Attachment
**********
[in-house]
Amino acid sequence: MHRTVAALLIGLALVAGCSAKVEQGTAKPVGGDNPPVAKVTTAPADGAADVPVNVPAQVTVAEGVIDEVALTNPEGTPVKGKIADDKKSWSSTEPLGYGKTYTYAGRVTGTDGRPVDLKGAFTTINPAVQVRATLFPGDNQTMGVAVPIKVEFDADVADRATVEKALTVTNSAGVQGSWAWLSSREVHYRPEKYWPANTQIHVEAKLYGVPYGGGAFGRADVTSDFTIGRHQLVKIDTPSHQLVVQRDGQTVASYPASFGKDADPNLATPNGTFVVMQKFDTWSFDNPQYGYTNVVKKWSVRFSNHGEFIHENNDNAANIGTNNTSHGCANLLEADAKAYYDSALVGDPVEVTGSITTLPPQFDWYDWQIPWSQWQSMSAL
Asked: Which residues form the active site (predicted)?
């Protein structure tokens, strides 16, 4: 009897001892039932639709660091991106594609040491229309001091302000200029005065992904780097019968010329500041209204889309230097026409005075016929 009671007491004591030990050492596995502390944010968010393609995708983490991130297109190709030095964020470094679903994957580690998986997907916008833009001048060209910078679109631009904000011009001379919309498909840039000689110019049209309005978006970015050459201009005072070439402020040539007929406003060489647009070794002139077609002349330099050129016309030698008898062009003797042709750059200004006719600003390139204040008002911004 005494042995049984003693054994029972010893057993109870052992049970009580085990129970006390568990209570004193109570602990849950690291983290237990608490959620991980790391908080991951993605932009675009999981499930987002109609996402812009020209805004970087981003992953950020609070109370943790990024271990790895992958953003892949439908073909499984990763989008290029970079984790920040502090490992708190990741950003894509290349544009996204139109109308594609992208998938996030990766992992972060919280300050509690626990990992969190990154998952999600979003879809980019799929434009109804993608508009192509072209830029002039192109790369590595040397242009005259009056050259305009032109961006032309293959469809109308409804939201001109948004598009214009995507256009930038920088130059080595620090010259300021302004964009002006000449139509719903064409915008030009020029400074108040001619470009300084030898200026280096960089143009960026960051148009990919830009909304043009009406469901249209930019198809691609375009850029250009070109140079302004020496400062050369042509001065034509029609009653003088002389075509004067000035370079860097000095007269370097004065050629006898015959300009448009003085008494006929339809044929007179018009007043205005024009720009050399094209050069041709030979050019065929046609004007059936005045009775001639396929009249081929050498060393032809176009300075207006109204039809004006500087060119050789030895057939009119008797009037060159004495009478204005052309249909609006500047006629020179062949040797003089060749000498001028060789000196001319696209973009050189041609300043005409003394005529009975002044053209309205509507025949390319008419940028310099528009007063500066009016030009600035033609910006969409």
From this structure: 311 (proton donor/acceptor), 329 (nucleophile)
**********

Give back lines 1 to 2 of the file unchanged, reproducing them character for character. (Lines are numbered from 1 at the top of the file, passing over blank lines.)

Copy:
[in-house]
Amino acid sequence: MHRTVAALLIGLALVAGCSAKVEQGTAKPVGGDNPPVAKVTTAPADGAADVPVNVPAQVTVAEGVIDEVALTNPEGTPVKGKIADDKKSWSSTEPLGYGKTYTYAGRVTGTDGRPVDLKGAFTTINPAVQVRATLFPGDNQTMGVAVPIKVEFDADVADRATVEKALTVTNSAGVQGSWAWLSSREVHYRPEKYWPANTQIHVEAKLYGVPYGGGAFGRADVTSDFTIGRHQLVKIDTPSHQLVVQRDGQTVASYPASFGKDADPNLATPNGTFVVMQKFDTWSFDNPQYGYTNVVKKWSVRFSNHGEFIHENNDNAANIGTNNTSHGCANLLEADAKAYYDSALVGDPVEVTGSITTLPPQFDWYDWQIPWSQWQSMSAL